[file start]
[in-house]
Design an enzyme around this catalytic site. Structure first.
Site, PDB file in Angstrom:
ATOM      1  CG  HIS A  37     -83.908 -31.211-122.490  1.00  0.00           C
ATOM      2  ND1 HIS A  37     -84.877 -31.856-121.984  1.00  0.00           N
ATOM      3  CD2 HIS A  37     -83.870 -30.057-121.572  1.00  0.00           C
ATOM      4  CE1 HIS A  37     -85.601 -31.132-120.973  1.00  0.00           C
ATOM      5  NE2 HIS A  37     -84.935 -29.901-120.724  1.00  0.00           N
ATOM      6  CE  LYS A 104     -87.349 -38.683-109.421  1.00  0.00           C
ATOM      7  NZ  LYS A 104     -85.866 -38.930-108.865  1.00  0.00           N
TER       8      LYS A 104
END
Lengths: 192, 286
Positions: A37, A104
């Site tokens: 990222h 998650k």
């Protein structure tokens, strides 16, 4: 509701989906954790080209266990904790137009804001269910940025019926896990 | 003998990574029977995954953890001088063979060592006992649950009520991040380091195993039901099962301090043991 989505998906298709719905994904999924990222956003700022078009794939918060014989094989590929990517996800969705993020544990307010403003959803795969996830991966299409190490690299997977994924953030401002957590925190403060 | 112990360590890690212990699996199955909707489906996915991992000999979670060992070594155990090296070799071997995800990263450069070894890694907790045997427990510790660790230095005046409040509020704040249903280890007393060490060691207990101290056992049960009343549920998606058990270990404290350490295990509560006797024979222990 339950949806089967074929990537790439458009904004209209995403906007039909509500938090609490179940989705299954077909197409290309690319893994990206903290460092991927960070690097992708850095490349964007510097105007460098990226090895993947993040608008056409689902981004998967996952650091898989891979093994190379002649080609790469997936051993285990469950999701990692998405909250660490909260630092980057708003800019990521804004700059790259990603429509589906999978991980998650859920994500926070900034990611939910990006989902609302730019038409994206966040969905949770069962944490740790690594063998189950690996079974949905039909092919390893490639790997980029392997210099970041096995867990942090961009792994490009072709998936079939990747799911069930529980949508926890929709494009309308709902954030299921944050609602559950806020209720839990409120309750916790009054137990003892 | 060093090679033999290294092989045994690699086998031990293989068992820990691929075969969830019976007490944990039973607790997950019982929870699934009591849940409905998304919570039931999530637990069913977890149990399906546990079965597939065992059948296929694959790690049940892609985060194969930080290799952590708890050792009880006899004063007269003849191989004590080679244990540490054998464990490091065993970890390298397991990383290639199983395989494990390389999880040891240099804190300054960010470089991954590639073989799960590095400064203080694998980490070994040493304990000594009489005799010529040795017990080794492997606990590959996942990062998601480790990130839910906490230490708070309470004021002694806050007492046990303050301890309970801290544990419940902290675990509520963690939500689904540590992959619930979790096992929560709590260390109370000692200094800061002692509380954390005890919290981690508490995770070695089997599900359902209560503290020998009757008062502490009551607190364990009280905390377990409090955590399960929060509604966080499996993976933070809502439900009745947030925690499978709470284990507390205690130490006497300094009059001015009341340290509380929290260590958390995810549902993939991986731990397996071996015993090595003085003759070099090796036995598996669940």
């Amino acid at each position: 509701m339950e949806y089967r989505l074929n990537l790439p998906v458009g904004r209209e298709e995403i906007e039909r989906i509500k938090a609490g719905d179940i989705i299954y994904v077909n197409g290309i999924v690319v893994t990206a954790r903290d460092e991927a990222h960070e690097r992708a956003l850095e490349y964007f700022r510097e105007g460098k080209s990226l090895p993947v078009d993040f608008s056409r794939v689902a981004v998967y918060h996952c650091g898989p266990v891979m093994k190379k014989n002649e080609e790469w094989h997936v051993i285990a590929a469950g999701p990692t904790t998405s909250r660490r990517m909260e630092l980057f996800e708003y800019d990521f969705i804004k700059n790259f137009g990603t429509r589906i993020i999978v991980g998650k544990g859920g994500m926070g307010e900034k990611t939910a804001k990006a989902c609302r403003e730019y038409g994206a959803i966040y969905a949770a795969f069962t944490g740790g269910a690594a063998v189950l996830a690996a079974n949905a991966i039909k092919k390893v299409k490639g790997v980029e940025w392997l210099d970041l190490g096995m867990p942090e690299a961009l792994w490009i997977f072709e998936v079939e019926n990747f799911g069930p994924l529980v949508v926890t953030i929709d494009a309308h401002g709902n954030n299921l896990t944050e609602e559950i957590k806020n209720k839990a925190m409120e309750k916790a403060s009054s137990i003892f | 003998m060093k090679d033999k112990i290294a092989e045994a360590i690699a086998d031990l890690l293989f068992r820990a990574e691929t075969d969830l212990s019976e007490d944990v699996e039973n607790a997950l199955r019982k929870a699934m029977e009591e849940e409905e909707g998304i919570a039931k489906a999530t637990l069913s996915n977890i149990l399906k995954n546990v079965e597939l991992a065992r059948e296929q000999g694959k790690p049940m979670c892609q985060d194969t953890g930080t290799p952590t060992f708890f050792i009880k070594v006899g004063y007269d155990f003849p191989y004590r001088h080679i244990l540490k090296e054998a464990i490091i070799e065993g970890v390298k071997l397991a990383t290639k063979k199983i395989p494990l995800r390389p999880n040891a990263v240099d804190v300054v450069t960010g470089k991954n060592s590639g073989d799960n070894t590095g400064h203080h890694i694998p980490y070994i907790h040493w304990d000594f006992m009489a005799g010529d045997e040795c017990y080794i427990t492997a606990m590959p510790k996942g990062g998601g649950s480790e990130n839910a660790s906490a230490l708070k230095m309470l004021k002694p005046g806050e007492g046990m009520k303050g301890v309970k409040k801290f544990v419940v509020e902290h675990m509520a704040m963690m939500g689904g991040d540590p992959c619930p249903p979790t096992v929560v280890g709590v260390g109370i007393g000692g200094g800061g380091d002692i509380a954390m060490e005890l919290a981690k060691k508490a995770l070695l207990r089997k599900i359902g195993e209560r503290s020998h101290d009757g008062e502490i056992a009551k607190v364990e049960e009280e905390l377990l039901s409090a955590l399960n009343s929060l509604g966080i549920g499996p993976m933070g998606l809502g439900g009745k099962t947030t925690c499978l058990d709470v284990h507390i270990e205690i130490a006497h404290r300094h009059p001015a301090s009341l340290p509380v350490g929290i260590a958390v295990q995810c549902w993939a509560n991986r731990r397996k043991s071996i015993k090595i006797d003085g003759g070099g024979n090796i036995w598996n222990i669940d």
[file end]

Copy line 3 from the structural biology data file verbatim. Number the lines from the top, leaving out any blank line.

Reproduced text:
Site, PDB file in Angstrom: